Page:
In one such case, Kroll noted repeated voicemail messages simulating the CEO’s voice to authorize fraudulent transactions. The messages were upwards of five minutes long, potentially to increase the likelihood of the scam being actioned. While employees may be more suspicious of a short message cloning the CEO’s voice, a longer message—which leverages publicly available voice recordings of the CEO—arguably seems more legitimate. Such attempts highlight the increased risk that deep fakes and other AI-type technologies pose to organizations.

Technology and Telecoms Industry Most Susceptible to Insider Threat, Highlighting Threat of Supply Chain Attacks

Q1 2024—Insider Threat Incidents by Sector
Q1 2024—Insider Threat Incidents by Sector

A review of Kroll engagements for insider threat revealed insights into the sectors most vulnerable to such attacks. In Q1, Kroll observed that cases impacting the technology/telecom sector were most likely to be insider threat cases.  With most technology providers working with multiple downstream customers, an insider with access to multiple technology providers may have the ability to cascade malicious activity to clients, posing the risk of a supply chain attack.

Q1 2024—Insider Threat Incidents by Sector
Proportion of Intentional vs. Unintentional Insider Threat Cases

For the first time, we also split out the proportion of insider threat engagements deemed to be intentional versus those deemed to be unintentional. In 90% of cases, Kroll observes the insider threat being intentional, and therefore arguably malicious in intent, as opposed to accidental. This highlights the importance of insider threat not being overlooked as a threat incident type by companies.

Case Study: Employee Impersonation Insider Threat

Case Study: Employee Impersonation Insider Threat

In one case observed by Kroll in Q1, an employee onboarded by a third-party contracting firm began displaying suspicious behavior. The employee, who had been given access to confidential and sensitive information due to their job role, frequently delayed communication and stopped communicating altogether once more serious questions were raised about the legitimacy of his identity.

In this case, Kroll was able to help the company identify that the employed individual was accessing the network from a different country to the one they claimed to reside in. Kroll also helped identify the data at risk associated with the employee. 

Although Kroll did not observe the use of deep fake technology in enhancing the employee impersonation, this case does highlight how sophisticated AI technology could result in more convincing campaigns of this type.

Ransomware Variants Q1 2024

Ransomware Variants Q1 2024
Top 10 Ransomware Variants Q1 2024

The AKIRA ransomware group took the lead in Q1 2024 with 27% of cases and LOCKBIT slipped into second place with 15% of cases. We also saw a significant drop in PLAY ransomware group activity, from 11% of cases in Q4 2023 to 5% in Q1 2024.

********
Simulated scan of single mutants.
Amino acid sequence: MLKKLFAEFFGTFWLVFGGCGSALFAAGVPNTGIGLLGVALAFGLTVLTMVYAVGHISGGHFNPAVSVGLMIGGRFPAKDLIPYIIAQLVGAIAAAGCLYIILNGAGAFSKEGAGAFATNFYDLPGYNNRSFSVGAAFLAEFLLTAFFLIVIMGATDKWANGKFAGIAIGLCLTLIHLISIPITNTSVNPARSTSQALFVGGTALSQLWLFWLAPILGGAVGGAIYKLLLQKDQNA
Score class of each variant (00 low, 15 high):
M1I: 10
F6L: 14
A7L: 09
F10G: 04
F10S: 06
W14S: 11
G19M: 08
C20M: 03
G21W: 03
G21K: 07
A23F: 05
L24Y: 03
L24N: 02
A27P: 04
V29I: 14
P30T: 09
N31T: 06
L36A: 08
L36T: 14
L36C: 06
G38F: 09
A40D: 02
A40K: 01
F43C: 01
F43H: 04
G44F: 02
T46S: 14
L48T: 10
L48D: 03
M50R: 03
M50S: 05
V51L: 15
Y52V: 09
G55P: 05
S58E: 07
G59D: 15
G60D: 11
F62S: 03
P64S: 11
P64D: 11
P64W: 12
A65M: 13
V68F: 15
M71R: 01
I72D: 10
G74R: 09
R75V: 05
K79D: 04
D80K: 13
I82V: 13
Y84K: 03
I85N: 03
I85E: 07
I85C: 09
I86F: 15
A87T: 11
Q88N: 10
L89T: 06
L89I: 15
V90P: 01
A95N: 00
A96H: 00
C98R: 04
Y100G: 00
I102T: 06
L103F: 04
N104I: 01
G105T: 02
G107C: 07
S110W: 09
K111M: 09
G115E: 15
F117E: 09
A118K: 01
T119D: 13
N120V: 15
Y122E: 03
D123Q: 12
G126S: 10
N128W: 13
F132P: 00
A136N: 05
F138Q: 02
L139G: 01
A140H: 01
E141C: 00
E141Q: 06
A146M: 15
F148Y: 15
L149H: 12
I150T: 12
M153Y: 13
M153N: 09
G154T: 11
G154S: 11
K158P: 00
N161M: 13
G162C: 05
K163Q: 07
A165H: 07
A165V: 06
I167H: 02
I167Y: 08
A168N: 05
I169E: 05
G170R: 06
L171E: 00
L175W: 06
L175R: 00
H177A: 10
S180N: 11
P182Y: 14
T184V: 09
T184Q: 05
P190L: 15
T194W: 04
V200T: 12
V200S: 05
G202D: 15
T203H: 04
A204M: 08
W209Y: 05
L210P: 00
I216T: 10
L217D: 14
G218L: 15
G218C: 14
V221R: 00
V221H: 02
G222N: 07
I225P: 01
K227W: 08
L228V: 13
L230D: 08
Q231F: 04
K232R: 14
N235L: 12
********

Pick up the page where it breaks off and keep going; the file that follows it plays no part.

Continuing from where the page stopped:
Phishing Dominates Initial Access Methods

Top 4 Initial Access Methods—Past Three Quarters
Top 4 Initial Access Methods—Past Three Quarters

Phishing remained the top initial access vector across all threat incident types. For events where phishing was the main initial access vector, the threat type was most likely to be email compromise.

Kroll continued to observe an increase in attacks that began with a social engineering nexus and observed increases for incidents that started with threat actors exploiting public-facing applications, such as Cisco’s Adaptive Security Appliance (ASA) virtual private networks and ScreenConnect remote management tools. Attacks targeting known vulnerabilities were most likely to result in a ransomware incident.


Initial Access Spotlight: ScreenConnect CVE Exploited in Less Than 48 Hours by Range of Threat Actor Types

On February 19, software firm ConnectWise notified clients of two vulnerabilities (CVE-2024-1708 and CVE-2024-1709) impacting on-premise versions of their remote management tool, ScreenConnect (versions 23.9.7 and prior). The CVEs could allow attackers to bypass authentication measures to create administrative level accounts. Once those admin accounts are created, attackers would have system administrator level privileges.

In the immediate aftermath of the publication, Kroll responded to many engagements where attackers exploited this vulnerability to behave maliciously in victim’s networks. On the managed detection and response (MDR) side, Kroll was able to identify and quarantine exploitation activity before it progressed to a full-blown incident. In at least one case, Kroll identified a file containing a new malware, TODDLERSHARK, related to the Kimsuky threat actor group.


On the incident response side, Kroll observed that a majority of its ScreenConnect cases had an initial access date of February 21, indicating that actors were exploiting the vulnerability within less than 48 hours of the original announcement.

Based on a review of these cases, Kroll observed a wide range of threat actors leveraging the vulnerability.